Travel fishing rods, also referred to as collapsible fishing rods or telescopic fishing rods, are made for the angler on the move.
Travel rods can broken down into conveniently short sections, so that they'll fit easily into:~
And this is achieved by manufacturing the rod either:~
OK, it is possible to use a fixed spool reel on a rod intended for a multiplier, providing you're happy with shorter casts than you'd otherwise achieve - but not the otherway round, as if you use a multiplier reel on a rod intended for a fixed spool reel, the line will rub against the blank, damaging both rod and line.
These are much like ordinary two or three piece rods, except that the sections are much shorter and there's more of them.
For instance a 7ft boat rod will probably have four equally sized sections, and a 12ft beachcaster six sections, which means that they'll fit nicely into the boot of a car (that's the trunk, if you're an American), and can be carried as airline cabin baggage when you're jetting off on holiday.Click here to see three good multi-section rods for spinning, boat fishing and surf fishing ...
Telescopic rods are even more convenient, as once collapsed theyre entirely self-contained. They're small enough to pop into a shoulder back or rucksack along with a few other items of tackle, 'just in case' the opportunity to wet a line presents itself.
To enable the sections to slide one inside another, a single line guide is fixed at the narrower end of each section. In most cases this means that they're designed for use with fixed spool reels rather than multipliers, which would require more line guides.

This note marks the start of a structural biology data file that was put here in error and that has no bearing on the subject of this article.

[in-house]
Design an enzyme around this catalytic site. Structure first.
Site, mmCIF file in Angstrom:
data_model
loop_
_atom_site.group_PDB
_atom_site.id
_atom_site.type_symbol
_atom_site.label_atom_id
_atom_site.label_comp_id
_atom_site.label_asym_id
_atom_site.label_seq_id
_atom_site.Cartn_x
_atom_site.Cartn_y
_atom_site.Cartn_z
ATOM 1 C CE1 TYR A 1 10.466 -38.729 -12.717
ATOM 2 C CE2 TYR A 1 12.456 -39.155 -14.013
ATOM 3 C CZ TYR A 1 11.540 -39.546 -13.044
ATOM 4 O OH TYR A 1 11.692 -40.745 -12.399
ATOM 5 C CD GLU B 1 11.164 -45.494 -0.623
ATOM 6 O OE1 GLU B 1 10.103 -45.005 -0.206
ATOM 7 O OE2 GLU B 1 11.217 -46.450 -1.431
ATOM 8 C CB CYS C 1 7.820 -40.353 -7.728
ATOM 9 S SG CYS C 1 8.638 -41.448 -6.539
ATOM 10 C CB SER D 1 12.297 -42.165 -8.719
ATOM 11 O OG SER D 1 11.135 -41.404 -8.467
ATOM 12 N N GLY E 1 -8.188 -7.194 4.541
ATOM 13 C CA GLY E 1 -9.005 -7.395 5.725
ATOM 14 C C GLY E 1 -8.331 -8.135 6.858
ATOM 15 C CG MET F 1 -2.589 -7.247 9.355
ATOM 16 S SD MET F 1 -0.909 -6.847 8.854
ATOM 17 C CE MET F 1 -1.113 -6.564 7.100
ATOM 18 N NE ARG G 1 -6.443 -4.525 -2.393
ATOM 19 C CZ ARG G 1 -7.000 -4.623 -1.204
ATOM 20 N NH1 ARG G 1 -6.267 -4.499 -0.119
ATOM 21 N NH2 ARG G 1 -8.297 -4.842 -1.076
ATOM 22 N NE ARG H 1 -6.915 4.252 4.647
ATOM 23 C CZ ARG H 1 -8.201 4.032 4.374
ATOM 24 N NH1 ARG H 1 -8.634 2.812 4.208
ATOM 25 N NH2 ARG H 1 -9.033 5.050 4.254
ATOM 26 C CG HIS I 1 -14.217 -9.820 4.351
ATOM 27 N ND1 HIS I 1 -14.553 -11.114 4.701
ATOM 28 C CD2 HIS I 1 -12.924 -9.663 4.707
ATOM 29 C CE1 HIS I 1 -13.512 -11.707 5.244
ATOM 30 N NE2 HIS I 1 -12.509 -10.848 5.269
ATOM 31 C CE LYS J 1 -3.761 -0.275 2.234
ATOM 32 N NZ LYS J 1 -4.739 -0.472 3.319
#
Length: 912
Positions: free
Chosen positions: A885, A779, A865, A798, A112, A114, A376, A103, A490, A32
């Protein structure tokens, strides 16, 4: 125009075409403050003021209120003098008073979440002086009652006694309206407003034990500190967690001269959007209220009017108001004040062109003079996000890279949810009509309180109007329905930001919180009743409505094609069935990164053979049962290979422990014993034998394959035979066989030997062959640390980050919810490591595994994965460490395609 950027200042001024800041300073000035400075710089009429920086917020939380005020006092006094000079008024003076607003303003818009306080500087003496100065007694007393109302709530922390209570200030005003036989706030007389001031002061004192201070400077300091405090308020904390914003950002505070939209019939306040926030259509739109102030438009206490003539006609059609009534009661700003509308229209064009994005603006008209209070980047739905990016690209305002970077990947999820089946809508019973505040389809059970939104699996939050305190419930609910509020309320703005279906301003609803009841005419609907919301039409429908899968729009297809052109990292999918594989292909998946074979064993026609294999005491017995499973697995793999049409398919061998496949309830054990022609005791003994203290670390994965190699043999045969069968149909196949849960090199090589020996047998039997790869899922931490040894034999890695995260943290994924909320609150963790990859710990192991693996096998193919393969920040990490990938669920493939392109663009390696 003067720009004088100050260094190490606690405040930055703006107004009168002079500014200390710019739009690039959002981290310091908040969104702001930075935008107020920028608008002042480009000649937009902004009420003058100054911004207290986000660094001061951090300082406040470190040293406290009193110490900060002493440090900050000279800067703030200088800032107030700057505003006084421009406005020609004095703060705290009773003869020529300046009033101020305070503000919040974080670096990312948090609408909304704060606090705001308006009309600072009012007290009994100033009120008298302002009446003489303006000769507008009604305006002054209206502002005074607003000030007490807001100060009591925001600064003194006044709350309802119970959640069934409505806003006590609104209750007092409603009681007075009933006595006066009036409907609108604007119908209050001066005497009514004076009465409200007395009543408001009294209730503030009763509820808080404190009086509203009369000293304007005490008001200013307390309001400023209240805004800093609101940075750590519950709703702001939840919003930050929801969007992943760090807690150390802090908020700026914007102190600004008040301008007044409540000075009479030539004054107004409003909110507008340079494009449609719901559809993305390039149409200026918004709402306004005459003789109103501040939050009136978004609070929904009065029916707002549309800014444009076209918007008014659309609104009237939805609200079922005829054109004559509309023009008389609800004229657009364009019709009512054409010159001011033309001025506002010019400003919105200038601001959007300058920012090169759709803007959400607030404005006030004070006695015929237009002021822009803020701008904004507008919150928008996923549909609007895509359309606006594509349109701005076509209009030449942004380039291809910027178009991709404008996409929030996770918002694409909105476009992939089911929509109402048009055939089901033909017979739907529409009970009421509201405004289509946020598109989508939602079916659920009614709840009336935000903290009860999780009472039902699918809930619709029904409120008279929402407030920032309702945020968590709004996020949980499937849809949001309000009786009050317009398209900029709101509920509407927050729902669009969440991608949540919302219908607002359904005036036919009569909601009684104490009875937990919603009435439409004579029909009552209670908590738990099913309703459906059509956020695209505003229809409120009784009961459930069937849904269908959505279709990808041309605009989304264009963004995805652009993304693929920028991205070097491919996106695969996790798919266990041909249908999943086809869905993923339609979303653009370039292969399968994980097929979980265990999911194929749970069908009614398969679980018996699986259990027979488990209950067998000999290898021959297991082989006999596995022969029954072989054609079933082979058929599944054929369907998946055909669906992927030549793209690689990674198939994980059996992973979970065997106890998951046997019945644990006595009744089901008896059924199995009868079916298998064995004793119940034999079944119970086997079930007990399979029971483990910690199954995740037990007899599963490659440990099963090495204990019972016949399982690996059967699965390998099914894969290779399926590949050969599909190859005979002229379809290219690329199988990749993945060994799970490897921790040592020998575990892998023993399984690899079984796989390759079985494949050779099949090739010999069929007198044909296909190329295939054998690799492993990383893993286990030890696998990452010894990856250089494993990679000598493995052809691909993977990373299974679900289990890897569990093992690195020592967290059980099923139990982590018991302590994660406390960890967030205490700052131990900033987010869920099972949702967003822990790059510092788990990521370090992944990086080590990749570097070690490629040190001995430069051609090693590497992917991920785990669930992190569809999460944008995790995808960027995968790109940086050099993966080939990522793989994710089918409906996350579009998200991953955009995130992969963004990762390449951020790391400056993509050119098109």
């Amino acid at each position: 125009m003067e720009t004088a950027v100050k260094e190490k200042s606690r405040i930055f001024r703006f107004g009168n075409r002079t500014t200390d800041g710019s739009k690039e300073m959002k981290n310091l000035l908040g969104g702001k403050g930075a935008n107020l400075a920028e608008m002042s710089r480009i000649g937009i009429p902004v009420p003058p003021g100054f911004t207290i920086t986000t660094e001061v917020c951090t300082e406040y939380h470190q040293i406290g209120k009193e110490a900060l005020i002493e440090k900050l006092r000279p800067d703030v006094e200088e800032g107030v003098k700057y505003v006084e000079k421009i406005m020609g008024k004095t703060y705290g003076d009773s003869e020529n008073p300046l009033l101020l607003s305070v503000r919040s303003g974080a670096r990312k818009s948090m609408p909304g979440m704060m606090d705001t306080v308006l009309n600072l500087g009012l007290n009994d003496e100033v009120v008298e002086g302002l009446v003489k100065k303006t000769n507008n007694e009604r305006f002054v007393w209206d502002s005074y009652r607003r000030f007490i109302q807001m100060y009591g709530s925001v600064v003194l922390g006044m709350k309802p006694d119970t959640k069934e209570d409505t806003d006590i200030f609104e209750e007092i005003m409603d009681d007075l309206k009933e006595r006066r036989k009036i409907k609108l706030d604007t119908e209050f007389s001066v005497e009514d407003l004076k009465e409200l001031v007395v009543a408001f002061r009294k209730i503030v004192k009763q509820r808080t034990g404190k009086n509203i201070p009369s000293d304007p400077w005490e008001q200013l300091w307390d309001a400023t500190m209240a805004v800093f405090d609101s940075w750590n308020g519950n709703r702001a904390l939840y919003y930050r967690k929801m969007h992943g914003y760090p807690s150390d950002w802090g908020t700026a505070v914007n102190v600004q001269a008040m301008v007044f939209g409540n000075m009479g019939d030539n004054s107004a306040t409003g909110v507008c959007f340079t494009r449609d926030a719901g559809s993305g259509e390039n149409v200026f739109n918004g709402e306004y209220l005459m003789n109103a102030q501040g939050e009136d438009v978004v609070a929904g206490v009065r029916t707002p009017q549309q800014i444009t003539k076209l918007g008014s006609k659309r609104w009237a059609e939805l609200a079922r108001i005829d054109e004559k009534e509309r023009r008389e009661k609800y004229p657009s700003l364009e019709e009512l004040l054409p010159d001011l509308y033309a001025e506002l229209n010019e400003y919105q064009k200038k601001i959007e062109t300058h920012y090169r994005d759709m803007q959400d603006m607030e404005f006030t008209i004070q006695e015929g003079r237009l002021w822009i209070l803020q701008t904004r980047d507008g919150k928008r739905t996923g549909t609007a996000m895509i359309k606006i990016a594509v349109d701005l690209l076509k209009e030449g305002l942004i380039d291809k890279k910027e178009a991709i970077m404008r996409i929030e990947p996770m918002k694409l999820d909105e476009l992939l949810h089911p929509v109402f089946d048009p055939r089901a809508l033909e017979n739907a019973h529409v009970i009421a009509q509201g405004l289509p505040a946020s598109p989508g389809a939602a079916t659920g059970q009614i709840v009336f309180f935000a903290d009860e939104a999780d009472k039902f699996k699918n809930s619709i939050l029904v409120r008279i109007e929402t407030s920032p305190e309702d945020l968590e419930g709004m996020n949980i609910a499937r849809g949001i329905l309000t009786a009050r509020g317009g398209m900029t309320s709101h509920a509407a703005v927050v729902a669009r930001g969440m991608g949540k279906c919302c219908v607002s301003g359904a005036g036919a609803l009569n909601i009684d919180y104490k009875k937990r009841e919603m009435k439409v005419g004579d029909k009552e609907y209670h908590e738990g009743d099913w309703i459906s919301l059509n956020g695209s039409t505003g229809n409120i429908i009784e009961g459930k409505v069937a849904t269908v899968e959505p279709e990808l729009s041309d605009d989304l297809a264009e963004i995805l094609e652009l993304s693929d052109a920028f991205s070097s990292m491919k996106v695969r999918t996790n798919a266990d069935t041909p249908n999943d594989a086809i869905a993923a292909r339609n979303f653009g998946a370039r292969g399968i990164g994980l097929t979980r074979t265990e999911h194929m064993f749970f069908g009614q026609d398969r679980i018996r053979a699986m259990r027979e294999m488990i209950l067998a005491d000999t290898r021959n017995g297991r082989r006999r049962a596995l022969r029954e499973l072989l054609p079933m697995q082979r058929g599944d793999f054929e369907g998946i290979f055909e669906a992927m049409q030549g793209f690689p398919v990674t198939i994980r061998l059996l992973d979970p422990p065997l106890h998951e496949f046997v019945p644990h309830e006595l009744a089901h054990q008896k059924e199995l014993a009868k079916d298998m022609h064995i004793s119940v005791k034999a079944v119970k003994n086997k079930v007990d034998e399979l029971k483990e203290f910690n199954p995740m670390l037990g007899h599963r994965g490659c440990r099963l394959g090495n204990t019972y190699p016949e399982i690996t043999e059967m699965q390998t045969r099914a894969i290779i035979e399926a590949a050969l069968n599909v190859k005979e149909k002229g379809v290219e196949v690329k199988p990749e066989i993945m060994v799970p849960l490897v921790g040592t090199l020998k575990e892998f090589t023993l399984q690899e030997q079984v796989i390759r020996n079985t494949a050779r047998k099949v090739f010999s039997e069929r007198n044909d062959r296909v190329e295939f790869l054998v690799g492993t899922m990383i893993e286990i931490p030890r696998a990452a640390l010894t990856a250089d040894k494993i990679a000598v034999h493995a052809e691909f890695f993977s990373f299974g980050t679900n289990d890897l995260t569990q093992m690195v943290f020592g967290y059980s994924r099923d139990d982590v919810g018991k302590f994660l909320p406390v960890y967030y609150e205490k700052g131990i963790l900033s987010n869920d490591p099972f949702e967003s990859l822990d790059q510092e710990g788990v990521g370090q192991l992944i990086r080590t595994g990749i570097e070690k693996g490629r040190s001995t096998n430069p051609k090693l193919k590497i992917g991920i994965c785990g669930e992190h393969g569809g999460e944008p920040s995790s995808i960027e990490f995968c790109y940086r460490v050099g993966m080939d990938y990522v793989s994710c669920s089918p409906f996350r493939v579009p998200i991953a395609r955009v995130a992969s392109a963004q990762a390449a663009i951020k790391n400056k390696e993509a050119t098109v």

The model illustrated here is slightly unusual in that it comes with a separate handle extension for additional length and casting range, which is why Shakespeare call it a hybrid-telescopic travel rod.
One of the things I particularly like about telescopic rods is the fact that they can be left rigged with the reel in place, and the line threaded through the guides while in 'short' mode. Very useful when you're scrabbling around on slippery, seaweed covered rocks between venues, when a long cumbersome rod can only add to your problems.
Travel rods are generally not quite as robust as normally sectioned rods and must be used with care. But if the choice is going fishing with a travel rod or not going fishing at all, then it's not too difficult a decision for most of us to make.
After all, just how many times have you said I wish I had my rod with me when an unexpected fishing opportunity presents itself?
Plenty, Ill bet, but with a travel rod to hand youll never have to say it again.